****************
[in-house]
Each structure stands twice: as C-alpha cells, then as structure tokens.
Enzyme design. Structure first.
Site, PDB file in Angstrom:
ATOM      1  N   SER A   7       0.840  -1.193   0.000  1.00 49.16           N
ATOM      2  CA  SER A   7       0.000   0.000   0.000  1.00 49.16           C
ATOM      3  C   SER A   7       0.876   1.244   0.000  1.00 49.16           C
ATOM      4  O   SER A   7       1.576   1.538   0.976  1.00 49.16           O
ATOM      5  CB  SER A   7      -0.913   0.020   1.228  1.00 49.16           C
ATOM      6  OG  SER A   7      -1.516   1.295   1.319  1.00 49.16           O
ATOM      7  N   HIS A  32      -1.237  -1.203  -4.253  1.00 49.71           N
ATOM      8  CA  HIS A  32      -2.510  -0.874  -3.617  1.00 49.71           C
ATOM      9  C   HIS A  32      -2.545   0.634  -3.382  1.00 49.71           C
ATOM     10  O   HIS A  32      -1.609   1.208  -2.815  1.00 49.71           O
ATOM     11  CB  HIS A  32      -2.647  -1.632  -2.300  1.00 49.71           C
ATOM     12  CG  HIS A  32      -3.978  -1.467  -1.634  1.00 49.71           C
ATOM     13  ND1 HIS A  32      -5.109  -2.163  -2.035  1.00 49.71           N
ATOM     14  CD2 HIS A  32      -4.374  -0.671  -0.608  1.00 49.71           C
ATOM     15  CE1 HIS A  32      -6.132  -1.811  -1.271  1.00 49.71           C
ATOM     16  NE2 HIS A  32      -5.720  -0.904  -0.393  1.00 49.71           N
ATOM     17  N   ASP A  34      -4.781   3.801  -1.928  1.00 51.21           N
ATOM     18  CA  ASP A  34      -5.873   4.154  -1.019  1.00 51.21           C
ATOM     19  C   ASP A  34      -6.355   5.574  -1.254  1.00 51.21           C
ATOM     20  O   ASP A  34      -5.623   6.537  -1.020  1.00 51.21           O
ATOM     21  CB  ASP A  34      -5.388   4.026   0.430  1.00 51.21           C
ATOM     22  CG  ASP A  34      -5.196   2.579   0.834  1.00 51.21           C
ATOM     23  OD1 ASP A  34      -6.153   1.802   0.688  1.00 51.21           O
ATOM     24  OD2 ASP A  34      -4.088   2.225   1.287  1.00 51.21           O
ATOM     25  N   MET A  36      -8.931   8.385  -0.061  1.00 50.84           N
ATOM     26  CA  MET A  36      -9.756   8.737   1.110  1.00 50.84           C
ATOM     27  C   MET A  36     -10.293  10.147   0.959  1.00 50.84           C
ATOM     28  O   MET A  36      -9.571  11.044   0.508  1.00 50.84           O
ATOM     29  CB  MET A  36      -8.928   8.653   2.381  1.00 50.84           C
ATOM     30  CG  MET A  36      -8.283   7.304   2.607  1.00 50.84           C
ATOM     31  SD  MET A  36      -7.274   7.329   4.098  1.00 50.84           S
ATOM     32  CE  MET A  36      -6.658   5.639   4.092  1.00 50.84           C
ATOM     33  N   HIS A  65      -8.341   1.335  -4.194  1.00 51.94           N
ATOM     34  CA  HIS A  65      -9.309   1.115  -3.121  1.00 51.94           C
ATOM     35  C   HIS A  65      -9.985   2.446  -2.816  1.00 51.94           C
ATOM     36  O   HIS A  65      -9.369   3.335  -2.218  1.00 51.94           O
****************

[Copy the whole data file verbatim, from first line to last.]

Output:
[in-house]
Each structure stands twice: as C-alpha cells, then as structure tokens.
Enzyme design. Structure first.
Site, PDB file in Angstrom:
ATOM      1  N   SER A   7       0.840  -1.193   0.000  1.00 49.16           N
ATOM      2  CA  SER A   7       0.000   0.000   0.000  1.00 49.16           C
ATOM      3  C   SER A   7       0.876   1.244   0.000  1.00 49.16           C
ATOM      4  O   SER A   7       1.576   1.538   0.976  1.00 49.16           O
ATOM      5  CB  SER A   7      -0.913   0.020   1.228  1.00 49.16           C
ATOM      6  OG  SER A   7      -1.516   1.295   1.319  1.00 49.16           O
ATOM      7  N   HIS A  32      -1.237  -1.203  -4.253  1.00 49.71           N
ATOM      8  CA  HIS A  32      -2.510  -0.874  -3.617  1.00 49.71           C
ATOM      9  C   HIS A  32      -2.545   0.634  -3.382  1.00 49.71           C
ATOM     10  O   HIS A  32      -1.609   1.208  -2.815  1.00 49.71           O
ATOM     11  CB  HIS A  32      -2.647  -1.632  -2.300  1.00 49.71           C
ATOM     12  CG  HIS A  32      -3.978  -1.467  -1.634  1.00 49.71           C
ATOM     13  ND1 HIS A  32      -5.109  -2.163  -2.035  1.00 49.71           N
ATOM     14  CD2 HIS A  32      -4.374  -0.671  -0.608  1.00 49.71           C
ATOM     15  CE1 HIS A  32      -6.132  -1.811  -1.271  1.00 49.71           C
ATOM     16  NE2 HIS A  32      -5.720  -0.904  -0.393  1.00 49.71           N
ATOM     17  N   ASP A  34      -4.781   3.801  -1.928  1.00 51.21           N
ATOM     18  CA  ASP A  34      -5.873   4.154  -1.019  1.00 51.21           C
ATOM     19  C   ASP A  34      -6.355   5.574  -1.254  1.00 51.21           C
ATOM     20  O   ASP A  34      -5.623   6.537  -1.020  1.00 51.21           O
ATOM     21  CB  ASP A  34      -5.388   4.026   0.430  1.00 51.21           C
ATOM     22  CG  ASP A  34      -5.196   2.579   0.834  1.00 51.21           C
ATOM     23  OD1 ASP A  34      -6.153   1.802   0.688  1.00 51.21           O
ATOM     24  OD2 ASP A  34      -4.088   2.225   1.287  1.00 51.21           O
ATOM     25  N   MET A  36      -8.931   8.385  -0.061  1.00 50.84           N
ATOM     26  CA  MET A  36      -9.756   8.737   1.110  1.00 50.84           C
ATOM     27  C   MET A  36     -10.293  10.147   0.959  1.00 50.84           C
ATOM     28  O   MET A  36      -9.571  11.044   0.508  1.00 50.84           O
ATOM     29  CB  MET A  36      -8.928   8.653   2.381  1.00 50.84           C
ATOM     30  CG  MET A  36      -8.283   7.304   2.607  1.00 50.84           C
ATOM     31  SD  MET A  36      -7.274   7.329   4.098  1.00 50.84           S
ATOM     32  CE  MET A  36      -6.658   5.639   4.092  1.00 50.84           C
ATOM     33  N   HIS A  65      -8.341   1.335  -4.194  1.00 51.94           N
ATOM     34  CA  HIS A  65      -9.309   1.115  -3.121  1.00 51.94           C
ATOM     35  C   HIS A  65      -9.985   2.446  -2.816  1.00 51.94           C
ATOM     36  O   HIS A  65      -9.369   3.335  -2.218  1.00 51.94           O